Dir. Kim Mordaunt | Laos/Australia 2013 | 96:00 | Lao with English subtitles | Rated G
November 10, 2013 | 5:30 PM EST | The Royal | Toronto Premiere
The Rocket is one of the best films of the year. It might be one of my favourite films of all time. Despite its deceptively straightforward plot – a family must relocate after a dam project encroaches on their village – the film evokes questions about the instability and dangers of tradition as well as the legacies of war through a young boy’s coming-of-age.
When Ahlo (played by Sitthiphon Disamoe, who won a Best Actor award for his performance at the Tribeca Film Festival) is born, his grandmother Taitok (Bunsri Yindi) urges his mother Mali (Alice Keohavong) to kill him. Ahlo is the surviving twin (his sibling was stillborn) and in their village, tradition says that twins bring good and bad luck. If only one twin survives, there is no way to tell which one is blessed and which one is cursed. Mali refuses to kill him, and makes Taitok promise that she will not tell Toma (Sumrit Warin), her husband, about his true birth.
Several years pass and Ahlo is now a young boy, mischevious, defiant, and stubborn. When the local officials tell the villagers that they have to relocate since the new dam will overwhelm their current land, Taitok stares down Ahlo. Her suspicision about his birth has clearly stayed with her, and when she exchanges silent looks with Mali, it seems that even his mother is unsure about the ominous signs. When the family begins to move their belongings over the mountain to their new home, and Ahlo demands on bringing his beloved boat. His mother’s decision to bring the boat with them sets off a series of seemingly irrevocable occurrences on his family. Is it just bad luck or fate?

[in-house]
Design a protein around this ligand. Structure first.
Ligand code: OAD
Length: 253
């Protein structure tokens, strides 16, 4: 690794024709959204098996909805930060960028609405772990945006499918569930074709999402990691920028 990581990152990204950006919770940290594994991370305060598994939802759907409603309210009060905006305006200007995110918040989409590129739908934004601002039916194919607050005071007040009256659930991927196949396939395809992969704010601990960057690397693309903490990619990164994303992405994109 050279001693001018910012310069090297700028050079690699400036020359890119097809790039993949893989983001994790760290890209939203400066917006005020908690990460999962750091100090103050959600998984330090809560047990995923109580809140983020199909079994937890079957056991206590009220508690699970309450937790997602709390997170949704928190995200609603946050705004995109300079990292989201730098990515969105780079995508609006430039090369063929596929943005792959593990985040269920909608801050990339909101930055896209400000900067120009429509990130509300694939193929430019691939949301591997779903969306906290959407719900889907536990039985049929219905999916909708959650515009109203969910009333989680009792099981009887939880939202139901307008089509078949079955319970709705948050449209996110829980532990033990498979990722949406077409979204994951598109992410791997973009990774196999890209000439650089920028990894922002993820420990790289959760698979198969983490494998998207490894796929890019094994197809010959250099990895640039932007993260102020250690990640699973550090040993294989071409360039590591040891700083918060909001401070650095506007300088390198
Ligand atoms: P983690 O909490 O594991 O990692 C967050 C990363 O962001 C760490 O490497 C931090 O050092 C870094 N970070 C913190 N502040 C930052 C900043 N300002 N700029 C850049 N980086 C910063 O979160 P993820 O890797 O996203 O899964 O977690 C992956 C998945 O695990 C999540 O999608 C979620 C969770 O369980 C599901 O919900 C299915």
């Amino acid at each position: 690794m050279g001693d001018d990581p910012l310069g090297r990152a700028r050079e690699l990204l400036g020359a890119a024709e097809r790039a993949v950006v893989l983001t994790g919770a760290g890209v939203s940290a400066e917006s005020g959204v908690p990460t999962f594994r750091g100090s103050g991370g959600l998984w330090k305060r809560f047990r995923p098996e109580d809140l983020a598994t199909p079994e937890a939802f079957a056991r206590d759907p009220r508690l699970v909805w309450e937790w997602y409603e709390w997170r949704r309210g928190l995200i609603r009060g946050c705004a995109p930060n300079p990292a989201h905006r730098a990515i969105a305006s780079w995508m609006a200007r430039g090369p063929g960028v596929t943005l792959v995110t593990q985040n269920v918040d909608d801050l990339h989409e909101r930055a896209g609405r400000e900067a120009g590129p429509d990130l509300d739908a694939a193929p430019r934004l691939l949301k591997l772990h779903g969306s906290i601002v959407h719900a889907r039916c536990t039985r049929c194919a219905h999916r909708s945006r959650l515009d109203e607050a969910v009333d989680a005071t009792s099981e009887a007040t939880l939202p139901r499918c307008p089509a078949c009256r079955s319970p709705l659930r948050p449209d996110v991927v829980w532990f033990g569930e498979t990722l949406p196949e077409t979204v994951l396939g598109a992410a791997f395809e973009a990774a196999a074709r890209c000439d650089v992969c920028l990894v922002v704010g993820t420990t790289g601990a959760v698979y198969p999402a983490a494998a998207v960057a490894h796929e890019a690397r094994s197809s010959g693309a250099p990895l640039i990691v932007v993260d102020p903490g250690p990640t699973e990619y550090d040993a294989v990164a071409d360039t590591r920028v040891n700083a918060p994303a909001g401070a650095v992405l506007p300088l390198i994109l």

For Ahlo, there is no difference. Ahlo embraces his birthright by defiling the sacred shrines of other villagers at their new home. His new friend Kia (Loungnam Kaosainam) tells him that the shrines are for the dead. For Ahlo, however, his survival has been defined by the death of his sibling. If the nature of his existence defies the traditions of his family, then stealing food and flowers from shrines is a meaningless act to him; it is engulfed in the fate of his birth.
The Rocket is full of these beautiful double-edged signs weaved into the archetypal actions and choices of childhood. What does it mean to be a child growing up in post-war Laos? The film tells us that what appears to be benign, such as a hard-shelled fruit on the ground, can also be a bomb; or how the peculiar James Brown fascination of Kia’s uncle Purple (Thep Phongam) covers a sinister American legacy.
Though it’s been compared to films like Beasts of the Southern Wild, Kim Mordaunt’s debut does not have a fantastical element. It’s obviously inspired by his documentary work on post-war Laos, but everything is “real”. The meaning changes on how you choose to view it, and that can be terrifying or fantastic.